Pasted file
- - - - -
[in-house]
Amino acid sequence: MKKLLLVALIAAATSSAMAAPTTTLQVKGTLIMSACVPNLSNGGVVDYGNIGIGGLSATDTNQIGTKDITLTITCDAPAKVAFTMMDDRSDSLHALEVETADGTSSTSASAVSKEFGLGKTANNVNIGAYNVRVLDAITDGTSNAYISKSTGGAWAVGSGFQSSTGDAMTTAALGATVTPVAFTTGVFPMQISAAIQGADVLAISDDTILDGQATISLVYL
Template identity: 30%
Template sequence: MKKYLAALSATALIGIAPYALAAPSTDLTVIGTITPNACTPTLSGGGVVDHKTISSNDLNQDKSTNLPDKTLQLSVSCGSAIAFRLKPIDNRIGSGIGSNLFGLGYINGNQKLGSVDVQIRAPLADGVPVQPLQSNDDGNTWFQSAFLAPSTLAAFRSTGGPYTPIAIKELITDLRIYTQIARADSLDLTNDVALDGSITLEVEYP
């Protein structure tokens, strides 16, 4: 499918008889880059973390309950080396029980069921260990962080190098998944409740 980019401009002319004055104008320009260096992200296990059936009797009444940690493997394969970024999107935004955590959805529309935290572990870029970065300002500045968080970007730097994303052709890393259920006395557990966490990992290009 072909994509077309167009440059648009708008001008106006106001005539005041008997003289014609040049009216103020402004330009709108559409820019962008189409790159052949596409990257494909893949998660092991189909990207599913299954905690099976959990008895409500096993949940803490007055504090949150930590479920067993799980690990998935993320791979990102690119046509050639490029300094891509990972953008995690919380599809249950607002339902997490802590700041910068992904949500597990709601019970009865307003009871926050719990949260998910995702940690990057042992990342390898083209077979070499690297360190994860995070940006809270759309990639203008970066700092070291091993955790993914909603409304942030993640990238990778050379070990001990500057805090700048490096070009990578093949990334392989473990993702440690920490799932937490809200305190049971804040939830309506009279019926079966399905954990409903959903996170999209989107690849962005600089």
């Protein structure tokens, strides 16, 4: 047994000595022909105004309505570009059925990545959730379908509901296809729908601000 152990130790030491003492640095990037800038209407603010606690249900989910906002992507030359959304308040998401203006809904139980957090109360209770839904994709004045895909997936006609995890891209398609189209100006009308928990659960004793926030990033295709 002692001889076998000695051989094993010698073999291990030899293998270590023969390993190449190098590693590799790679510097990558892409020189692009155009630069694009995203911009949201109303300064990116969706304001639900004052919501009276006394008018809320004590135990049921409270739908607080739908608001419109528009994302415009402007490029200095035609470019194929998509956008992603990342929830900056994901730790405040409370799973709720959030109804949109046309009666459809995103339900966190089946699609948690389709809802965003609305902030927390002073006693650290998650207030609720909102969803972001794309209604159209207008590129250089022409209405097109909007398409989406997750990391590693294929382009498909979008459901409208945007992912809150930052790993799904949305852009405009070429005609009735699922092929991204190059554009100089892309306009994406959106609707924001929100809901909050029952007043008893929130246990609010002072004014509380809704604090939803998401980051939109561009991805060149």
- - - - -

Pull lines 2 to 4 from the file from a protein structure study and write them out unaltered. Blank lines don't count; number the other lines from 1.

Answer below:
Amino acid sequence: MKKLLLVALIAAATSSAMAAPTTTLQVKGTLIMSACVPNLSNGGVVDYGNIGIGGLSATDTNQIGTKDITLTITCDAPAKVAFTMMDDRSDSLHALEVETADGTSSTSASAVSKEFGLGKTANNVNIGAYNVRVLDAITDGTSNAYISKSTGGAWAVGSGFQSSTGDAMTTAALGATVTPVAFTTGVFPMQISAAIQGADVLAISDDTILDGQATISLVYL
Template identity: 30%
Template sequence: MKKYLAALSATALIGIAPYALAAPSTDLTVIGTITPNACTPTLSGGGVVDHKTISSNDLNQDKSTNLPDKTLQLSVSCGSAIAFRLKPIDNRIGSGIGSNLFGLGYINGNQKLGSVDVQIRAPLADGVPVQPLQSNDDGNTWFQSAFLAPSTLAAFRSTGGPYTPIAIKELITDLRIYTQIARADSLDLTNDVALDGSITLEVEYP